Irish major winner Padraig Harrington does not think that golf's new rules on restricting the length of drivers will do much to curb the rise of big hitters like Bryson DeChambeau.
The new rules, announced earlier in October, are only a "tiny small step" towards stopping the rise of long drives, according to Harrington.
Padraig Harrington is not worried about the new rules on driver length
In recent years, the likes of Bryson DeChambeau have grown in stature in the world of golf - thanks in no small part to the spectacular length of their drives from the tee.
DeChambeau's incredible distance was on show as recently as September's Ryder Cup, and the golfing authorities have made swift moves in an attempt to ensure the game does not become dominated by these big-hitters.
The R&A and the USGA have moved to limit the length of drivers to 46 inches, after the likes of DeChambeau and Phil Mickelson experimented with clubs in excess of 47.
Harrington, who captained Europe in this year's Ryder Cup, does not think that the moves will realistically have a major impact on the state of play.
It’s only a tiny small step; you might call it a gesture. Players are going to hit it harder going forward, and even if it’s put a small head on it, they will learn how to hit it hard.
They will still hit it far on the tour because everybody is going to swing at it. That’s just the nature of it now. Everybody knows you have to give it a good hit because it’s in your favour and it’s an advantage.
It’s not how far you hit it; it’s how far you hit it compared to expectations, so the pleasure enjoyment of hitting the ball long is compared to how you expect to hit it.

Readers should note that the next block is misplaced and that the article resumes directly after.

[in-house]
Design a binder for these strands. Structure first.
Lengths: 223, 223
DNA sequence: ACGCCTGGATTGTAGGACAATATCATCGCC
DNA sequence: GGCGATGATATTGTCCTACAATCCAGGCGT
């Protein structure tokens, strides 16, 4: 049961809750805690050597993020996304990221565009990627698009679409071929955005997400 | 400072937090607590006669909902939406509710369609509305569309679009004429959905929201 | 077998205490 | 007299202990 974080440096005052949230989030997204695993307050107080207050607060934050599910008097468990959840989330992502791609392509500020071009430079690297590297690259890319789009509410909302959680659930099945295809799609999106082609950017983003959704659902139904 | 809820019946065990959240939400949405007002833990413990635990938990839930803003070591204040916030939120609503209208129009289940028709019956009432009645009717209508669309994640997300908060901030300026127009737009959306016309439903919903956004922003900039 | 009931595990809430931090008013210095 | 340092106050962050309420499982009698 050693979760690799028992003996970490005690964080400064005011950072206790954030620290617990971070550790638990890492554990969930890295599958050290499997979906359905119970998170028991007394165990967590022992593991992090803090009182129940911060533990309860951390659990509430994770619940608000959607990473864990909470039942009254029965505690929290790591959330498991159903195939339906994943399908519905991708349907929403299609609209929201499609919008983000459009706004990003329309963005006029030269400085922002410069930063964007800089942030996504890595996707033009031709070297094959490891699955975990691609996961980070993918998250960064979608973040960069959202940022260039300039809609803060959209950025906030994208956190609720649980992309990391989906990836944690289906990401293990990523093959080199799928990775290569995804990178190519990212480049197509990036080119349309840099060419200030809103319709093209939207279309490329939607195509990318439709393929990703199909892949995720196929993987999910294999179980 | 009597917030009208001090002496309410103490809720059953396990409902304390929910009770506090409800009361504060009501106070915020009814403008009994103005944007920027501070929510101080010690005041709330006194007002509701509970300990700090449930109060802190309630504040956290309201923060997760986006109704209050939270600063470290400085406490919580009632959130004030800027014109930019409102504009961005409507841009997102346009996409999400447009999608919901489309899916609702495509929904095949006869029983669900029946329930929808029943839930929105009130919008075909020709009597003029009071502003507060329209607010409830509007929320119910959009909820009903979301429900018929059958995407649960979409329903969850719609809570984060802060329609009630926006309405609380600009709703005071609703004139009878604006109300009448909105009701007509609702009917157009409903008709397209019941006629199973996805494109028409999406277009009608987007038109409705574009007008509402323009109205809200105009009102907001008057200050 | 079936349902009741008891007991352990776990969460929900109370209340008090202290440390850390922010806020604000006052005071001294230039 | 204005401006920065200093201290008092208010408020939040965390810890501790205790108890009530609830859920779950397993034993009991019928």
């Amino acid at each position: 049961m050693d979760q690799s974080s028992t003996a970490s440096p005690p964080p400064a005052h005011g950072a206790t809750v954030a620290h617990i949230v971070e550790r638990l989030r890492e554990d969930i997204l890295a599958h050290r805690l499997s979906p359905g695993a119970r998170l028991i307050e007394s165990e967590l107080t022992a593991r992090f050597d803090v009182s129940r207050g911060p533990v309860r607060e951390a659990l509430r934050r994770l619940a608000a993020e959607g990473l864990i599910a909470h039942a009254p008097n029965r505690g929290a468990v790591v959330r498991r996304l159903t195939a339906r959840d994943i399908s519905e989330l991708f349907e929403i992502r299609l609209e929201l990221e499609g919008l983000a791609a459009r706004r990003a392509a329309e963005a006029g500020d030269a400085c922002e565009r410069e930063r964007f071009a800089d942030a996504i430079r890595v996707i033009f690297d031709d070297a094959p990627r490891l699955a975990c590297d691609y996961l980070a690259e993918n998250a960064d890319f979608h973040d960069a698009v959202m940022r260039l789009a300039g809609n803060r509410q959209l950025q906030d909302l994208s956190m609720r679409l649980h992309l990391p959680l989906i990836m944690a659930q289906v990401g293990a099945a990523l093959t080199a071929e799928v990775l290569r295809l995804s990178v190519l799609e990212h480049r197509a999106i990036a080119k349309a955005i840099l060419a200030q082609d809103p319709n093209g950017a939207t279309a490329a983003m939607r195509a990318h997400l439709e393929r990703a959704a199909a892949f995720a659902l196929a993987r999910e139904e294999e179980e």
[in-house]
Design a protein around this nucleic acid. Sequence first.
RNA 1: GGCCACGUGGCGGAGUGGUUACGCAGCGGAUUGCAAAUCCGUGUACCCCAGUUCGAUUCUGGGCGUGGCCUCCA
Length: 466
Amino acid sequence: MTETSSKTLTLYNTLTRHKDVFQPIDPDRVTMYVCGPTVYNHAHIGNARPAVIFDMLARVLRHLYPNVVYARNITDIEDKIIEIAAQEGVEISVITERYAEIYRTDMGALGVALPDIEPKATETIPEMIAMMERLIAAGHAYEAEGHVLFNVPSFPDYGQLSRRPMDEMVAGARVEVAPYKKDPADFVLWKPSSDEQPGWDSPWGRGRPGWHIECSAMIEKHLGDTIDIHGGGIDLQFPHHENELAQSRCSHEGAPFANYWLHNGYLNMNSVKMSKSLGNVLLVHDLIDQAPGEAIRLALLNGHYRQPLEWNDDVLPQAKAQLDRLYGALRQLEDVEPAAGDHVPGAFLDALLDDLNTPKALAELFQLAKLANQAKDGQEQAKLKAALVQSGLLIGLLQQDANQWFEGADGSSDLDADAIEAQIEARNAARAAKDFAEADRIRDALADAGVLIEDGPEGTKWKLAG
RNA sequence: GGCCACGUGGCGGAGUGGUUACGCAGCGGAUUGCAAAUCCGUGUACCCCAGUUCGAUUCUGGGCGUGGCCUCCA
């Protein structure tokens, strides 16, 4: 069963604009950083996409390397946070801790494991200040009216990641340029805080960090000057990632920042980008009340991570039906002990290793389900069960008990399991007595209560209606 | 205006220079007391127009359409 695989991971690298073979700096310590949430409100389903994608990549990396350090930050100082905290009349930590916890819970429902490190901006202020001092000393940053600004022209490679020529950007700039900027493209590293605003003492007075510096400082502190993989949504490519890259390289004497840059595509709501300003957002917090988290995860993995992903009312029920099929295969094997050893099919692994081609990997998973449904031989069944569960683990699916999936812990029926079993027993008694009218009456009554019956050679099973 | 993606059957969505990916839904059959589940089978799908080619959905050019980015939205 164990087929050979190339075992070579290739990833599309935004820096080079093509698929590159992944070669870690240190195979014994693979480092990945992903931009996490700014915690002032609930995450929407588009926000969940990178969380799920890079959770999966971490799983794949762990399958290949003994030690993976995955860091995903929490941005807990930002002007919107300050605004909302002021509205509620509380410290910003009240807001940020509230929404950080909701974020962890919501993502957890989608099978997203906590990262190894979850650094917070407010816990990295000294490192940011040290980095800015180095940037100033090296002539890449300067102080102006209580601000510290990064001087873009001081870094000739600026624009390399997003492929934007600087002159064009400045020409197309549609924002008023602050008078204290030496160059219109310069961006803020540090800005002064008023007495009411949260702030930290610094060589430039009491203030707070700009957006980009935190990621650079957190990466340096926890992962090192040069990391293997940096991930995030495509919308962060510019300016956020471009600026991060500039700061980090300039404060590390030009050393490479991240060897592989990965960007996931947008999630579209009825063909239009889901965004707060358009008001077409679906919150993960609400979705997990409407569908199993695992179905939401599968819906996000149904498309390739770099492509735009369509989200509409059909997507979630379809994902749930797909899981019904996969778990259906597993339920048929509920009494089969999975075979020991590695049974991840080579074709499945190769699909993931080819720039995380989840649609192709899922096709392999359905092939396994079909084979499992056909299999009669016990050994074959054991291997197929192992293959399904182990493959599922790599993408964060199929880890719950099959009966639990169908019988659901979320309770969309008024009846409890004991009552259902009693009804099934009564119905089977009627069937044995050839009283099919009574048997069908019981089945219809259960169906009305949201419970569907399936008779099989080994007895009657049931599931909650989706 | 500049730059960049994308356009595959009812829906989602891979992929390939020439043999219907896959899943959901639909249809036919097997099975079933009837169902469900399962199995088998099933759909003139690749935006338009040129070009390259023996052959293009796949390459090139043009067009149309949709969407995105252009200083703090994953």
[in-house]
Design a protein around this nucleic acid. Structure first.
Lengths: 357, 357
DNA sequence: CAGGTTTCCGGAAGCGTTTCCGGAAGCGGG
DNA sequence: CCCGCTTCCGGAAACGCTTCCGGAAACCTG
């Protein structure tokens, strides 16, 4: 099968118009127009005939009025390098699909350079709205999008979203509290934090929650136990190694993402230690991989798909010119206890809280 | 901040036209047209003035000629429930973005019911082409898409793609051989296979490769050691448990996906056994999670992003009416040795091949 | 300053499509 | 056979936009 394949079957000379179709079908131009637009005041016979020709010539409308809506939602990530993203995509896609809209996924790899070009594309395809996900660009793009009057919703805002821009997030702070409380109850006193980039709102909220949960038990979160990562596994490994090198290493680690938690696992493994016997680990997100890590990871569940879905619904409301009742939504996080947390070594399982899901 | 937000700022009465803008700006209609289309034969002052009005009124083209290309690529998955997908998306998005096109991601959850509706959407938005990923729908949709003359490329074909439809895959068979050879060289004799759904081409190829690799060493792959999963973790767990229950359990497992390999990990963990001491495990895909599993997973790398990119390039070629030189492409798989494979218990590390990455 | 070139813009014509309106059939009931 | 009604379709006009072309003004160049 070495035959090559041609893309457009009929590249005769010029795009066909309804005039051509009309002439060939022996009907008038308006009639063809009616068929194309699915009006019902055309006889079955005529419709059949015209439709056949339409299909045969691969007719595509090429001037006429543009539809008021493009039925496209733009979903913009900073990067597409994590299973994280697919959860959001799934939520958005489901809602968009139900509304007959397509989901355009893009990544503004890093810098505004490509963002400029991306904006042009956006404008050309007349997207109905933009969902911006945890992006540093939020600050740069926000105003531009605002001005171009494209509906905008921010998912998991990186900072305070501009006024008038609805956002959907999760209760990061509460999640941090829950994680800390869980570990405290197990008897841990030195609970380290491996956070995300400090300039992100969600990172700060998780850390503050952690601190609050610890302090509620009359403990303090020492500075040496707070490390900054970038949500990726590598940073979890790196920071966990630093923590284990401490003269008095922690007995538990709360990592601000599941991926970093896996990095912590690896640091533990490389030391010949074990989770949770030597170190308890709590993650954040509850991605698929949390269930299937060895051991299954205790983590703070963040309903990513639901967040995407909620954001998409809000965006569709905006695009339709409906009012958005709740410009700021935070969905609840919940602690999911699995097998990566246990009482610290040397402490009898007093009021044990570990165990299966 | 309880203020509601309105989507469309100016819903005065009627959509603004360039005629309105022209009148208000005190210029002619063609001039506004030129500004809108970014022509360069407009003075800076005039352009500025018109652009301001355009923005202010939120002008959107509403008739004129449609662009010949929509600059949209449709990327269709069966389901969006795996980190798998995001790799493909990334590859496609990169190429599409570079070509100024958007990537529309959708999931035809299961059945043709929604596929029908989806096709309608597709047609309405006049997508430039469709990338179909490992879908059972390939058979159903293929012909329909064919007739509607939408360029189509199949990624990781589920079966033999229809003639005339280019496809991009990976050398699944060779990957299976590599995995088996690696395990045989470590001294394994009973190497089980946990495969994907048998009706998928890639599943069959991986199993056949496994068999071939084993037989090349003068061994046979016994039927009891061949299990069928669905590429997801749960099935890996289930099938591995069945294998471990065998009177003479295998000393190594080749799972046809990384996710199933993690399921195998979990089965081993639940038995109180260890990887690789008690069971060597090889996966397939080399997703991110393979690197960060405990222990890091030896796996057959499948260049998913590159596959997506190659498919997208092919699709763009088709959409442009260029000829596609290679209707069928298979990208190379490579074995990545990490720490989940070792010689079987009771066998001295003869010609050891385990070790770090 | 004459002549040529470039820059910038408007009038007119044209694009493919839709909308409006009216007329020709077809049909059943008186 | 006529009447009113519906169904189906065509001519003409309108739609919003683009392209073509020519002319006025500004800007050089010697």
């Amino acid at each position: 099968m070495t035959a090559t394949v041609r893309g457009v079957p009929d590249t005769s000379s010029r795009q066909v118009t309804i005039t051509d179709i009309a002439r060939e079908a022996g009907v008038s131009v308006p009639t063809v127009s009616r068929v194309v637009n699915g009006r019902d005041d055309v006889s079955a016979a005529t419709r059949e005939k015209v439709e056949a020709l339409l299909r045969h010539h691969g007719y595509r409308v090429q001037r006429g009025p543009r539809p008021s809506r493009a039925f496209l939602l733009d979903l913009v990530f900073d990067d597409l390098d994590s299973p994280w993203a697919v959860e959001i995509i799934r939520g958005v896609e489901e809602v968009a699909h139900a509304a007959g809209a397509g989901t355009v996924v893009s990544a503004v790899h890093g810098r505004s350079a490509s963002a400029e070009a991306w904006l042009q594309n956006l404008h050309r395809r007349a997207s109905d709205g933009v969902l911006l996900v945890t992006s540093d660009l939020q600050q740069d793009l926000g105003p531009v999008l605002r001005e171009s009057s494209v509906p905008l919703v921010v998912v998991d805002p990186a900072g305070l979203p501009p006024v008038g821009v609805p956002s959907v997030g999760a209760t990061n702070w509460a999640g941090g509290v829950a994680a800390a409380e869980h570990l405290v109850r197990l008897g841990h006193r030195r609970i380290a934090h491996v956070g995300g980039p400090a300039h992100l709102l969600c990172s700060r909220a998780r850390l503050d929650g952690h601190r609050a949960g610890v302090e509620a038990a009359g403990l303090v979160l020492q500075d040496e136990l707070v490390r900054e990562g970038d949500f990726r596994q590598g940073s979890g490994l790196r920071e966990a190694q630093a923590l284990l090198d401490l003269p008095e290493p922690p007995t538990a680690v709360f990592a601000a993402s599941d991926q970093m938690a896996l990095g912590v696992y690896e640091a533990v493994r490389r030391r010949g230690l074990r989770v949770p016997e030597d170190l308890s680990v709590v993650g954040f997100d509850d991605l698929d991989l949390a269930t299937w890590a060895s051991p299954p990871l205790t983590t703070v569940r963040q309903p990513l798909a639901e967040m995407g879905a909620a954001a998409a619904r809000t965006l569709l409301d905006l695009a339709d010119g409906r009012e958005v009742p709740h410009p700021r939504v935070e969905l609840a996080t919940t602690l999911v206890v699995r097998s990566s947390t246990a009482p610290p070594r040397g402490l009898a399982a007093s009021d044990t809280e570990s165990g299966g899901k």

One of the biggest arguments in favour of dialling back driver length is the increasing demands on the sizes of golf courses. With players capable of hitting the ball further year on year, courses are growing in size and taking up more land space.
It was a hot topic around May's PGA Championship, which took place on the enormous Ocean Course at Kiawah Island. Padraig Harrington thinks that the potential environmental impact of decreasing the size of courses has to be seen as a positive.
It’s a small gesture but not the one that’s really needed for the environment, for the cost of building golf courses and maintaining golf courses and for the ability to use some of the great old golf courses.
I really do think there needs to be a rollback in the equipment to stop the ball going so far. I also understand that the ball only goes far in the heat. This is not a problem we have in Ireland. The golf balls perform unbelievably in the heat.
The debate around driver length is sure to rage on - the fact that individual PGA tournaments will not be obliged to enforce the new rules will only see it reemerge as a hot topic week-in-week-out.
For Padraig Harrington, though, it is - for now - a lot of fuss about nothing, with more meaningful change needed soon.